B 3646 (12) ν1 3638 (30), 3632 (42) (A/W) BN–H+W4(b)
D1 3310 (113) νbOH 3265 (964) (DA/W) BN–H+W4(b)
D2 2955 (115) νbOH 3002 (1278) (DDD/H+W⋯W) BN–H+W4(b)
    2661 (3299) (DDD/H+W⋯BN) BN–H+W4(b)
 
H+(BN–W5) A 3729 ν3 3731 (123), 3730 (120) (A/W) BN–H+W5(b1)
A 3729 ν3 3731 (115), 3721 (133) (A/W) BN–H+W5(b3)
C1 3711 (25) νf 3698 (110), 3695 (95) (DA/W) BN–H+W5(b1)
C1 3711 (25) νf 3707 (97), 3695 (89) (DA/W) BN–H+W5(b3)
B 3646 (14) ν1 3640 (27), 3639 (27) (A/W) BN–H+W5(b1)
B 3646 (14) ν1 3639 (23), 3632 (38) (A/W) BN–H+W5(b3)
D1 3357 (67) νbOH 3307 (1012), 3301 (738) (DA/W) BN–H+W5(b1)
D1 3357 (67) νbOH 3374 (732) (DA/W) BN–H+W5(b3)
D2 3116 (b) νOHb(s/a) 3053 (967)/3033 (1748) (DDD/H+W)/(DA/W) BN–H+W5(b3)
D3 2990 (b) νbOH 2833 (1331) (DDD/H+W⋯BN) BN–H+W5(b1)
D3 2990 (b) νbOH 2752 (3769) (DDD/H+W⋯BN) BN–H+W5(b3)
 
H+(BN–W6) A 3735 ν3 3729 (126), 3728 (108), 3726 (101) (A/W) BN–H+W6(b1)
A 3735 ν3 3727 (123) (A/W) BN–H+W6(c1)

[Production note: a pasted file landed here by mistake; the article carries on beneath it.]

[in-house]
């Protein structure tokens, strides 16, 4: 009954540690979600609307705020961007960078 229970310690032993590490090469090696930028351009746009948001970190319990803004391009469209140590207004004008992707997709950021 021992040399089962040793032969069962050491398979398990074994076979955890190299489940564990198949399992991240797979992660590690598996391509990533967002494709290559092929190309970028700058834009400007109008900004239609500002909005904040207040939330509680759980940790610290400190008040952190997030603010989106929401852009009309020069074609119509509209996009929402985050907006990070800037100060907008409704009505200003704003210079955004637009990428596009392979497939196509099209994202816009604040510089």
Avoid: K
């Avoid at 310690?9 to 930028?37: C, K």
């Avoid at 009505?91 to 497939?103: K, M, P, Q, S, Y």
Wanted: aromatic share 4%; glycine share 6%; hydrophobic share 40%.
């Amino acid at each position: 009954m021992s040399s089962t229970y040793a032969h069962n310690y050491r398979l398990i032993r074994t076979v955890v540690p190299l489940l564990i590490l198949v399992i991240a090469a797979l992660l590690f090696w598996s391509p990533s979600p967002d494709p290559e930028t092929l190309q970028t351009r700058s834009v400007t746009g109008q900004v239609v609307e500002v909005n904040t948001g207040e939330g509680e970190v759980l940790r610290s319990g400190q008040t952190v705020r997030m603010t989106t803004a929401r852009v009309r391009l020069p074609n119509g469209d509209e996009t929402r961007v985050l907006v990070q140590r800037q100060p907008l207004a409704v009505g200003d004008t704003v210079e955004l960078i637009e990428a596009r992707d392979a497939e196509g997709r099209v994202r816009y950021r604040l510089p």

C1 3707 (18) νf 3699 (104) (DA/W) BN–H+W6(b1)
C1 3707 (18) νf 3704 (103), 3697 (98), 3692 (127), 3672 (96) (DA/W, DAA/W) BN–H+W6(c1)
B 3650 (b) ν1 3638 (18), 3636 (24), 3635 (20) (A/W) BN–H+W6(b1)
B 3650 (b) ν1 3637 (30) (A/W) BN–H+W6(c1)
D1 3509 (b) νbOH 3439 (381) (DA/W) BN–H+W6(c1)
D2 3390 (110) νbOH 3384 (1231), 3355 (413), 3340 (747) (DDA/W) BN–H+W6(b1)
(DA/W) BN–H+W6(b1)
D2 3390 (110) νbOH 3335 (694), 3274 (1229), 3210 (1021) (DA/W) BN–H+W6(c1)
D3 3220 (b) νbOH 2948 (2090), 2766 (317) (DDD/H+W⋯BN), (DDD/H+W⋯W2)
BN–H+W6(b1)
D3 3220 (b) νbOH (s/a) 2842 (1018)/2693 (471) (DDD/H+W) BN–H+W6(c1)


3.1 BN, H+BN, and W monomers